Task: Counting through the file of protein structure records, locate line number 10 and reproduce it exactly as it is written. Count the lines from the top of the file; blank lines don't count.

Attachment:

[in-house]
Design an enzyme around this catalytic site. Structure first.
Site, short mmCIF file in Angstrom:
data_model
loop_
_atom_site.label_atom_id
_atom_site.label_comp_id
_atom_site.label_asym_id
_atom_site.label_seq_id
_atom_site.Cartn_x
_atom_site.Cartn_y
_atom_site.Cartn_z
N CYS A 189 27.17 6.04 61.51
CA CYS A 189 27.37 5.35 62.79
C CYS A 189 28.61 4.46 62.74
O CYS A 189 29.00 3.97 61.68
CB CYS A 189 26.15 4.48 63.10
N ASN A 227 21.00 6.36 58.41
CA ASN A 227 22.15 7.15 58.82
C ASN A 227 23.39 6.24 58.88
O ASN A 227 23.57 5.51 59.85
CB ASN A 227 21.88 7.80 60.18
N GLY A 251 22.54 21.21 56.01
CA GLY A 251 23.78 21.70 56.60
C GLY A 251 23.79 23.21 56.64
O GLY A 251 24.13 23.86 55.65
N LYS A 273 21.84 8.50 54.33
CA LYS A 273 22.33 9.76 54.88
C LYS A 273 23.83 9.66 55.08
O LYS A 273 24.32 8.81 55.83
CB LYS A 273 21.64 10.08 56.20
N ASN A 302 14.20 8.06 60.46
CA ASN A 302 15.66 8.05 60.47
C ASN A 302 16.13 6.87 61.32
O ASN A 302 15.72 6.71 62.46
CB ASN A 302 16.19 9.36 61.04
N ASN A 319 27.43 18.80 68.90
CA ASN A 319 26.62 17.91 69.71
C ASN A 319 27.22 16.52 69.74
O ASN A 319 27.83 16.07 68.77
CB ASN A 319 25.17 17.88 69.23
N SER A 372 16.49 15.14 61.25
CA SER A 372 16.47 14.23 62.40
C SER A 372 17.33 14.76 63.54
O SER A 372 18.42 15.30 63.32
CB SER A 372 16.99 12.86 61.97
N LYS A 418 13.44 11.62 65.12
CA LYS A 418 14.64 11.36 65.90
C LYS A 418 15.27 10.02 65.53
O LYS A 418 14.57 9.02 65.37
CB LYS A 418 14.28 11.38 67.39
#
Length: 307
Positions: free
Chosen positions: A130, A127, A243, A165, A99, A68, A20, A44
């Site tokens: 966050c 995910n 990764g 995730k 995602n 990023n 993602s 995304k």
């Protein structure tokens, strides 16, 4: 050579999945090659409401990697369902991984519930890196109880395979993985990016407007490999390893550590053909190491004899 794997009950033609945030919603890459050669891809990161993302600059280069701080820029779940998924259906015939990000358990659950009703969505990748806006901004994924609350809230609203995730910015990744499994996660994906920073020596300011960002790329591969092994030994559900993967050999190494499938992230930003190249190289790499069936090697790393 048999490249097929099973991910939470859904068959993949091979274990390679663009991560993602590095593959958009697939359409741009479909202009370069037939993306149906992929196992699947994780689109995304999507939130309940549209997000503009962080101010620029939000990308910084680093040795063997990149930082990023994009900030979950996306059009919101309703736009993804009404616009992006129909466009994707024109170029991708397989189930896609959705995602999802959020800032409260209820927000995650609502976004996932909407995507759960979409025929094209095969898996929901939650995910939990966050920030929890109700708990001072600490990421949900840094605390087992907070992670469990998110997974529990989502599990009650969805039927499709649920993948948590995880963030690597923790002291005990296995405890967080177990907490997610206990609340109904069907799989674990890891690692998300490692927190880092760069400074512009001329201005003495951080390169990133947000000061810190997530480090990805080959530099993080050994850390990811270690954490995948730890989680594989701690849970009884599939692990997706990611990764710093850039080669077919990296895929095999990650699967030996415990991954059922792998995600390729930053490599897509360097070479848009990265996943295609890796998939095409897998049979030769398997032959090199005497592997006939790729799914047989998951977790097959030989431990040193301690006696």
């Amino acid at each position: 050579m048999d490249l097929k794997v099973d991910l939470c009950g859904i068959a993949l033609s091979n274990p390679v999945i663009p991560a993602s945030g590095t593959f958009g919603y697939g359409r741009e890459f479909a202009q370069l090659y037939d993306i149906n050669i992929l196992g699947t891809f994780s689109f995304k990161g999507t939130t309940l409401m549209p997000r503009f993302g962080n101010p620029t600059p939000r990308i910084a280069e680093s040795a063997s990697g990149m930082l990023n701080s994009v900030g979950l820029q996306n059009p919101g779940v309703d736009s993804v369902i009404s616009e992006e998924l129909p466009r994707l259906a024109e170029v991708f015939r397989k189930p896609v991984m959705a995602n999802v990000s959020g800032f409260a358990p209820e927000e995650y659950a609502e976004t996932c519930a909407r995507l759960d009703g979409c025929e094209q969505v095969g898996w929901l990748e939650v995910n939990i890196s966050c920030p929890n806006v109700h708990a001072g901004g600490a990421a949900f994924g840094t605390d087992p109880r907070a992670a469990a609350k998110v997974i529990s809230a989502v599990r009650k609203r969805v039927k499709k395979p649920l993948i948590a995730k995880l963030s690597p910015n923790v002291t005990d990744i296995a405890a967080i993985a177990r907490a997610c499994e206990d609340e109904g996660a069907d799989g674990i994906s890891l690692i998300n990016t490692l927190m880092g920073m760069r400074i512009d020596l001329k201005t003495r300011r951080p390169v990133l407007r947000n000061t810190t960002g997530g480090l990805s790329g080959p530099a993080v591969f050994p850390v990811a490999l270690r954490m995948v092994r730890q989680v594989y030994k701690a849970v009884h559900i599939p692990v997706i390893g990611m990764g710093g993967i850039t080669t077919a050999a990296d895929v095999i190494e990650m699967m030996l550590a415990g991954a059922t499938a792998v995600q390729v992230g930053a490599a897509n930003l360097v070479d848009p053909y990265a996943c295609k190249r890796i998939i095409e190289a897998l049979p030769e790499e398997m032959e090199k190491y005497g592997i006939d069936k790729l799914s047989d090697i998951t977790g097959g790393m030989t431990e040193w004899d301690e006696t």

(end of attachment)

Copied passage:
_atom_site.Cartn_x